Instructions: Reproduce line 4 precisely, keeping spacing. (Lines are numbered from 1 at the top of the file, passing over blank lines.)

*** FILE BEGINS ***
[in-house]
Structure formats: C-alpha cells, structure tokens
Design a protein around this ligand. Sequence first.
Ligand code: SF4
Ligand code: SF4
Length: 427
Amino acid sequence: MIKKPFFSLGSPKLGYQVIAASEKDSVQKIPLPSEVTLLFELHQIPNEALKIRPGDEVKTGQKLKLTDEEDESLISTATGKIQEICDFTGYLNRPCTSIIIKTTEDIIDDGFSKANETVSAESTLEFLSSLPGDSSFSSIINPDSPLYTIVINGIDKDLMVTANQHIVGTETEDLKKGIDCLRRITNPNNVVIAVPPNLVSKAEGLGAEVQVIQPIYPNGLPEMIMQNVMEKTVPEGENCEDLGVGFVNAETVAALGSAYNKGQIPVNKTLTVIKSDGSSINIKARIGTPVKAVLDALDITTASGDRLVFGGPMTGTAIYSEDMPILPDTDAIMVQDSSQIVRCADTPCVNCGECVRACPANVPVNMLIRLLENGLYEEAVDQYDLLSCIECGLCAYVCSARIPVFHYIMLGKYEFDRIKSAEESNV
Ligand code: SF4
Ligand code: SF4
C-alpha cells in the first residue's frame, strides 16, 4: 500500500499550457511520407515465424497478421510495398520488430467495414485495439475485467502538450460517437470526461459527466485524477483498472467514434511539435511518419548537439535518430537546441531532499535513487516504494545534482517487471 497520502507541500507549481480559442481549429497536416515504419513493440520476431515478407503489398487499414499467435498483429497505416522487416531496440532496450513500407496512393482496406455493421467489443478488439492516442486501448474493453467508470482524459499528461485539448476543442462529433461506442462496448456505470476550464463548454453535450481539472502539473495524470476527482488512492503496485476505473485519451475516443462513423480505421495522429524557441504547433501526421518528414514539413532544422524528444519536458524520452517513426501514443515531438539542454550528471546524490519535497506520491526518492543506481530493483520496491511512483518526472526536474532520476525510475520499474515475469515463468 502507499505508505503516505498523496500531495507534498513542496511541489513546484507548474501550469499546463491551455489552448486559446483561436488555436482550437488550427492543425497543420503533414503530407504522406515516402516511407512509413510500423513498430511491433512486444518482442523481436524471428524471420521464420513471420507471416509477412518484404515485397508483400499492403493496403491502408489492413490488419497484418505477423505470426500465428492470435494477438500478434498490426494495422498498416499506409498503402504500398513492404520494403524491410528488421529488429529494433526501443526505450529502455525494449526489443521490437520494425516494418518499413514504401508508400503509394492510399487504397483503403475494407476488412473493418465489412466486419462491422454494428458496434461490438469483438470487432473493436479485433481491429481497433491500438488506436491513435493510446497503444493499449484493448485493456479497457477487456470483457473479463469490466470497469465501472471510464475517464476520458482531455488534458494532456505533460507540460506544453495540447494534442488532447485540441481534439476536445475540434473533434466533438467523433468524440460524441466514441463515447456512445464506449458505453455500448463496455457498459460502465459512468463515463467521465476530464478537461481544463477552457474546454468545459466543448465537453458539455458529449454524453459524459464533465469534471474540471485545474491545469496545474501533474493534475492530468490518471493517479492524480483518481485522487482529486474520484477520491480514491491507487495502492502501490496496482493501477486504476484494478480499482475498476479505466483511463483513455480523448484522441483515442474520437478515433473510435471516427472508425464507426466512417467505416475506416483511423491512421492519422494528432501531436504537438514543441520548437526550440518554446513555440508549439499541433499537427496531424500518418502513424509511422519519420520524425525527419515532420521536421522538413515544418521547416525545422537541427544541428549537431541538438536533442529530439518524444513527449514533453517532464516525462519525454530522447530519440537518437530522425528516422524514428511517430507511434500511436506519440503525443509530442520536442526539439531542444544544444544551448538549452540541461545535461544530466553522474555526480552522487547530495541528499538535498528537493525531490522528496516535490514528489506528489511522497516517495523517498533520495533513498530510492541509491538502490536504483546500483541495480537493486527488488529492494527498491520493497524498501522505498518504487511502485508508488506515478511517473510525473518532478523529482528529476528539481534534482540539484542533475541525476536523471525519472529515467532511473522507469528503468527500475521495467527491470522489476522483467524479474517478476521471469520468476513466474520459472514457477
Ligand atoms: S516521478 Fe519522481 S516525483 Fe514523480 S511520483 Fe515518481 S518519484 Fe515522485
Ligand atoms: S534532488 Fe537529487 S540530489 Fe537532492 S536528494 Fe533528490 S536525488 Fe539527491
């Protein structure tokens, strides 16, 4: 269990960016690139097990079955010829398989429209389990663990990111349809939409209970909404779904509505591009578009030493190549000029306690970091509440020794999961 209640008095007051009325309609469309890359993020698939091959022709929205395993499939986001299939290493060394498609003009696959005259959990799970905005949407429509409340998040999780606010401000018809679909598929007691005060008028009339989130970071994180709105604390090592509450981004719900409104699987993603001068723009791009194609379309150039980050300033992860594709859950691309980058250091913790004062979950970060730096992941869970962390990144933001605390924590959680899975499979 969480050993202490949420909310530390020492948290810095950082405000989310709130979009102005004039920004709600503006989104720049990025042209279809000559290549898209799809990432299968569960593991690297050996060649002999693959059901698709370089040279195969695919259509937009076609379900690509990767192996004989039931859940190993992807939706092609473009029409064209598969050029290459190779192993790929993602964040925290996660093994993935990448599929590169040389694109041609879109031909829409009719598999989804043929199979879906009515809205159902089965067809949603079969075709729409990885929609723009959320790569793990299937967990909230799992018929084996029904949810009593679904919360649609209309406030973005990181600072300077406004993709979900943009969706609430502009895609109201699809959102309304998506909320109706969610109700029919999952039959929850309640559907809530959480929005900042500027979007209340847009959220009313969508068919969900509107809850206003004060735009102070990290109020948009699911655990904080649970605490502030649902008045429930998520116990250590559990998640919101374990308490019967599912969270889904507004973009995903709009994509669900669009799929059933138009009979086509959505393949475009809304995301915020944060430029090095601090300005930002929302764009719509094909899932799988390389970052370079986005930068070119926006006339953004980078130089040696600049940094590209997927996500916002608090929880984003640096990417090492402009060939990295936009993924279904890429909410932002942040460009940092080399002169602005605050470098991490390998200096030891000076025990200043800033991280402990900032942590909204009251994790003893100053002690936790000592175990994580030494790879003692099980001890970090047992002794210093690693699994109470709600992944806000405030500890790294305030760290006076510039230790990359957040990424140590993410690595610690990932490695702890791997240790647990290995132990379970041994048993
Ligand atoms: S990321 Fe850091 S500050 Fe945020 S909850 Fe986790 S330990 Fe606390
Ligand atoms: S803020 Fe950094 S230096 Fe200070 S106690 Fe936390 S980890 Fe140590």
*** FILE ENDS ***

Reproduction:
Ligand code: SF4